California Court of Appeal Invalidates Anti-Injunction Law

I am still a bit behind on blogging because of last month's trial. Here's one that came down in the middle of the trial.

As the courts in this case noted, California law ma[d]e it nearly impossible to get an injunction against a union picketing in front of a private business. Labor Code Section 1138.1 and Code of Civil Procedure Section 527.3 impose significant procedural hurdles and substantive limitations on courts to issue injunctions against "peaceful picketing." These protections were extended to private property, such as outside the front entrance of retail stores.

The court first held that the entrance of a FoodsCo, including the sidewalk and "apron" were private property, not a public forum. The court distinguished cases that held enclosed shopping malls were public areas. Because the FoodsCo entrance and surrounds were private, the court noted, the company could prohibit speech without violating the picketers' First Amendment or California constitutional rights.

The court then examined whether the anti-injunction laws violated FoodsCo's rights. FoodsCo sought an injunction againt a union's trespass. The union had picketed from the opening of the store until the present, five days per week, 8 hours per day. The complaint was that FoodsCo was operating non-union.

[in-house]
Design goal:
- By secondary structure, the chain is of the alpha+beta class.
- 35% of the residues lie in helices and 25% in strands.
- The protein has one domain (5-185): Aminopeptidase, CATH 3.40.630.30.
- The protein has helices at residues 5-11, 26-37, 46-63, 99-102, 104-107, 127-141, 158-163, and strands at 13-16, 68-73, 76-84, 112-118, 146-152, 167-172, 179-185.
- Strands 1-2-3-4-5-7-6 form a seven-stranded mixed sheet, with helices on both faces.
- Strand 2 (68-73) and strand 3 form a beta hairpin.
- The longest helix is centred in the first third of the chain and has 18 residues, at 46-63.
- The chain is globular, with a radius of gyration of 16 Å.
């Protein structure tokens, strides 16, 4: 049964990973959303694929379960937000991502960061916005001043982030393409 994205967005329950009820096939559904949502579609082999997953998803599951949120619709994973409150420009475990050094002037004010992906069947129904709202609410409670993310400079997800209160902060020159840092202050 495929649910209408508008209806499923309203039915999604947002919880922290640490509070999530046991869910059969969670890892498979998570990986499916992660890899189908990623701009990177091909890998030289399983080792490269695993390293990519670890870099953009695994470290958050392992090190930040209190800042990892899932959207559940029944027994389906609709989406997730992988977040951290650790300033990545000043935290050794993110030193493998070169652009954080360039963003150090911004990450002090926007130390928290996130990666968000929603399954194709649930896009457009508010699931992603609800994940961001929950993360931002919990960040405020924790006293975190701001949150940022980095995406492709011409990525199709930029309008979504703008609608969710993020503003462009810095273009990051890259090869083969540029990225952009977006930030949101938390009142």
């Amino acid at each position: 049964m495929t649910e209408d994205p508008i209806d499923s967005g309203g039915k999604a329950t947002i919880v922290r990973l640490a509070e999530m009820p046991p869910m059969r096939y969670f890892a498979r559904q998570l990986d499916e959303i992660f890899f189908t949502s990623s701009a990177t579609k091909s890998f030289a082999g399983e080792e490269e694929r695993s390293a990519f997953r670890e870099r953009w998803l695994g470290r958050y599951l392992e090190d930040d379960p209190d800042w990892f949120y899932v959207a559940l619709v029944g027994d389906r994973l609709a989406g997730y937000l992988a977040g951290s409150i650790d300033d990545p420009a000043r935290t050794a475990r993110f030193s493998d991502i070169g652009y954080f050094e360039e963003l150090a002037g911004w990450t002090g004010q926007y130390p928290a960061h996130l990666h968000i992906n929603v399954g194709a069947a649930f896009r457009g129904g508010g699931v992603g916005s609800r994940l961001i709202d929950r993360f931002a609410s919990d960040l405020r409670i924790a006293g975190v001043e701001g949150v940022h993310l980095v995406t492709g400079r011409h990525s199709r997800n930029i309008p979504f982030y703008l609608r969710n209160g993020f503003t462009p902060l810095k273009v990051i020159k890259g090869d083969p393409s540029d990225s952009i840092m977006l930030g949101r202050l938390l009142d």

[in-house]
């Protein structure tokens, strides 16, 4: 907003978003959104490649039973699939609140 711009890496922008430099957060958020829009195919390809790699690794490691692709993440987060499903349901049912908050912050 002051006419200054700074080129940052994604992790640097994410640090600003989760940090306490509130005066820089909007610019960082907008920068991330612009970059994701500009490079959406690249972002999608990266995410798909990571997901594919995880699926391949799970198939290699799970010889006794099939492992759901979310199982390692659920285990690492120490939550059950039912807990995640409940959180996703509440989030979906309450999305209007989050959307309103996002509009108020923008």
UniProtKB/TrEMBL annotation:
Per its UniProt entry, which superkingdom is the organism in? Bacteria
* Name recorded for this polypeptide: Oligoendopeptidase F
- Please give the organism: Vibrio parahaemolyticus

The trial court denied the injunction because FoodsCo had not adequately proved its entitlement to an injunction under the Labor Code's special provision, Section 11381.1. The business owner must prove, among other things, that the police are unwilling or unable to provide assistance, and other grounds that do not apply to the issuance of trespass injunctions generally.
Here is the money quote:

Accordingly, as applied in this case, the Moscone Act violates the First and Fourteenth Amendments of the United States Constitution. The Act affords preferential treatment to speech concerning labor disputes over speech about other issues. It declares that labor protests on private property are legal, even though a similar protest concerning a different issue would constitute trespassing. And it denies the property owner involved in a protest over a labor dispute access to the equity jurisdiction of the courts even though it does not deny such access if the protest does not involve a labor dispute.

So, unless the Legislature acts somehow to create a constitutional anti-injunction law, the courts will have to enforce anti-trespass injunctions against unions on the same basis as it does so outside the union picketing context.

The case is Ralphs Grocery Company v. UFCW, Local 9 and the opinion is here.